President Museveni implements another Covid-19 lockdown
Ugandan President Museveni implemented another lockdown amidst a second wave of Covid-19 cases in the country. On June 6, the Ministry of Health reported the highest number of Covid-19 cases since the pandemic first broke in March 2020, registering 1,259 new cases and bringing the total tally to 52,935. The lockdown began on June 7, suspending all school, communal, and religious gatherings for 42 days. Beginning June 10, the ban will also bar all public transport between and across districts, with exceptions for cargo trucks and registered travel and service vehicles.
Over 2,100 arrested for breaking new lockdown restrictions
Over 2,100 people remain in police custody after being arrested for breaking the recently implemented Covid-19 lockdown while found in bars and other places of entertainment. Police spokesman Fred Enanga said the police have impounded over 450 cars and 2,000 motorcycles from people found driving past 9 pm. Motorcyclists have been ordered to stop working by 6pm, and non-essential drivers by 9pm. Operations Director Edward Ochom has given instructions to arrest any non-essential workers who are still on the road past 9pm.
44 people arrested during a wedding ceremony due to Covid-19 policies
38 men and 6 women were recently arrested during a marriage ceremony (kwanjula) in Kampala. They were charged with doing a negligent act likely to spread an infectious disease. Spokesperson of the Criminal Investigations Directorate described the event as the “wedding party of a gay couple.” All 44 individuals were later granted bail.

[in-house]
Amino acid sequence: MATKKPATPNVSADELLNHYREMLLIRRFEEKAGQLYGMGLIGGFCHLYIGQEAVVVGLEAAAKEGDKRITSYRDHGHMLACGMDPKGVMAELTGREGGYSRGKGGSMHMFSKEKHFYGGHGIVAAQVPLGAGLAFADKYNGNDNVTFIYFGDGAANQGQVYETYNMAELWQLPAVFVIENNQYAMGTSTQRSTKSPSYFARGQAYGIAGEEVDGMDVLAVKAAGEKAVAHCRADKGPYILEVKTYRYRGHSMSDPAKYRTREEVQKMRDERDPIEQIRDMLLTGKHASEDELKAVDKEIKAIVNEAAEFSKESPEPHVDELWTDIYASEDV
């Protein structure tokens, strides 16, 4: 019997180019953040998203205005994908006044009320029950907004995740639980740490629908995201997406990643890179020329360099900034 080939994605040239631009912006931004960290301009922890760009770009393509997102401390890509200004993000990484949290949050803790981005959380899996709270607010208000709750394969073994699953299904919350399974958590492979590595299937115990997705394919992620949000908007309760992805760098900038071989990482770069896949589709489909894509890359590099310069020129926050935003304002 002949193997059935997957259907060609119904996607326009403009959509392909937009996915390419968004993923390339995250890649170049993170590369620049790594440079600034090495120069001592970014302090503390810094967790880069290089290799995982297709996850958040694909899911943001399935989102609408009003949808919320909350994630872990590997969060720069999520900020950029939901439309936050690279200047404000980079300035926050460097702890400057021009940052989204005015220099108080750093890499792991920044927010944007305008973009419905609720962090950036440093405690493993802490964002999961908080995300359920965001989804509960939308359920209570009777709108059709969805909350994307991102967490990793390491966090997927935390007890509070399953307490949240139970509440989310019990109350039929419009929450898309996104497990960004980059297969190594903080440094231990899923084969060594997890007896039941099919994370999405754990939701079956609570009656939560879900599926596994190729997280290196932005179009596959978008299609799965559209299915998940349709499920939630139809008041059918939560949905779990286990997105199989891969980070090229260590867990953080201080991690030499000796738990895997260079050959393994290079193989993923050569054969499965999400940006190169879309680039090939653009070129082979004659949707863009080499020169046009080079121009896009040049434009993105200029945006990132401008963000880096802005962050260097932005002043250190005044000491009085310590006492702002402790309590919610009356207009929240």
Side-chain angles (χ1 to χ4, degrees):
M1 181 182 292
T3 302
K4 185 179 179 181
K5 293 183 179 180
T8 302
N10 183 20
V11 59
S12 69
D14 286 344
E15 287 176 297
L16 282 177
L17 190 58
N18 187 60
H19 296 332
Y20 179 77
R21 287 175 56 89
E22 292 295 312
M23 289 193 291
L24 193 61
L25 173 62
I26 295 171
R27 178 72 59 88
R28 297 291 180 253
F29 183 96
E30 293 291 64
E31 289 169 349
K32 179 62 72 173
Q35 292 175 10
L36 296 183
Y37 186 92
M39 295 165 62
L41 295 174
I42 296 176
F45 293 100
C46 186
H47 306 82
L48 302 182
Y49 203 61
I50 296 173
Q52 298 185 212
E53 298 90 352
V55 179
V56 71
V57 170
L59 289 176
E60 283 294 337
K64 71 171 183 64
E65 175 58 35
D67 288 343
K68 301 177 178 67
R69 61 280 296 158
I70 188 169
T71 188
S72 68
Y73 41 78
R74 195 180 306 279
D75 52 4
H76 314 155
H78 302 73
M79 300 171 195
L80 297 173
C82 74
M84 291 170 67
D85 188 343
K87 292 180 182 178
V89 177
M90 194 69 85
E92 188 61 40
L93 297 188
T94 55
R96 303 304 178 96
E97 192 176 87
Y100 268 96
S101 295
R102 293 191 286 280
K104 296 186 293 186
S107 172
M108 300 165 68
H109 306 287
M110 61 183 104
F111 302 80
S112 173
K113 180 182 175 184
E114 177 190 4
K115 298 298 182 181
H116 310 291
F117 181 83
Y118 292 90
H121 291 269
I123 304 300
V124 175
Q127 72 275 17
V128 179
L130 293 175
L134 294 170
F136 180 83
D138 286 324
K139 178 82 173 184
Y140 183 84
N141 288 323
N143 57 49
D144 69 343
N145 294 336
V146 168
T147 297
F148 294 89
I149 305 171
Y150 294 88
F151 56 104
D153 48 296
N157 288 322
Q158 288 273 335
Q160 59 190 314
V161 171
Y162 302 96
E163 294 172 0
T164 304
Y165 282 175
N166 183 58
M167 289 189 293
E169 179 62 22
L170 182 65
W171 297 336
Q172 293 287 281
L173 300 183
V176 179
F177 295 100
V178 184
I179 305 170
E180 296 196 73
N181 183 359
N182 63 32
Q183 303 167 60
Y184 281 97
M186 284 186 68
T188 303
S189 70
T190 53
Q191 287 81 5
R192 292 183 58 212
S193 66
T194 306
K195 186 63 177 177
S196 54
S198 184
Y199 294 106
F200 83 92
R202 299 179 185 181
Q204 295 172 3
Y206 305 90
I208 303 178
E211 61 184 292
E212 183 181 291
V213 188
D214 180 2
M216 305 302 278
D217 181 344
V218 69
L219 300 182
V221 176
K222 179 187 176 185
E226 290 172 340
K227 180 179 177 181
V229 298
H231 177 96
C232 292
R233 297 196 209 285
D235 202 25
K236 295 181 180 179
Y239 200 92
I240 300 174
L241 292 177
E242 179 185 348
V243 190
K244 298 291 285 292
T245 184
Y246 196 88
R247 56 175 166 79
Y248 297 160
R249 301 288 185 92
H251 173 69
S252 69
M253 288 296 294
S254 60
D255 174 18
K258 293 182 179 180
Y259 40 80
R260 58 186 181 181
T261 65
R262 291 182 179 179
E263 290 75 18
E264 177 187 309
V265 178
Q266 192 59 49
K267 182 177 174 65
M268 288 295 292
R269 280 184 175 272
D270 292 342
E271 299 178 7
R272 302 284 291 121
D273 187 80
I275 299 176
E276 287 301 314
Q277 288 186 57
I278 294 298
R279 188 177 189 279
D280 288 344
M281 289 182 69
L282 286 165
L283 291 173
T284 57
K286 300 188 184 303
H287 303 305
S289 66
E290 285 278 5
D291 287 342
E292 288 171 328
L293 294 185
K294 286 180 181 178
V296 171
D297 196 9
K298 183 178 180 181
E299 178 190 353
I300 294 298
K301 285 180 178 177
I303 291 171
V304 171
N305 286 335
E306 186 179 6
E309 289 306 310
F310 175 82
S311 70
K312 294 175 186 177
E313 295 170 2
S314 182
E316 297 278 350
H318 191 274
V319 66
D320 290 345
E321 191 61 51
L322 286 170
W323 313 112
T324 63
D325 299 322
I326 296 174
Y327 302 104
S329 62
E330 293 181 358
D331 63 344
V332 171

Below you will find significant governmental, civil societal, and technological trends shaping the state of freedom of expression in Uganda today.
MUSEVENI SUSPENDS DEMOCRATIC GOVERNANCE FACILITY, FUNDER OF CIVIL SOCIETY ORGANIZATIONS
President Museveni recently ordered the immediate suspension of all operations of the Democratic Governance Facility (DGF), the principal funder of many NGOs in Uganda. DGF is financed by the European Union and a number of European governments to provide support in the areas of democracy, human rights, and rule of law. Alarmed by the decision, director of Africa programs at Freedom House Jon Temin stated that the fund is “critical to the operations of many Ugandan civic organizations mandated to advance the rule of law and good governance and some government bodies, including the Uganda Human Rights Commission.”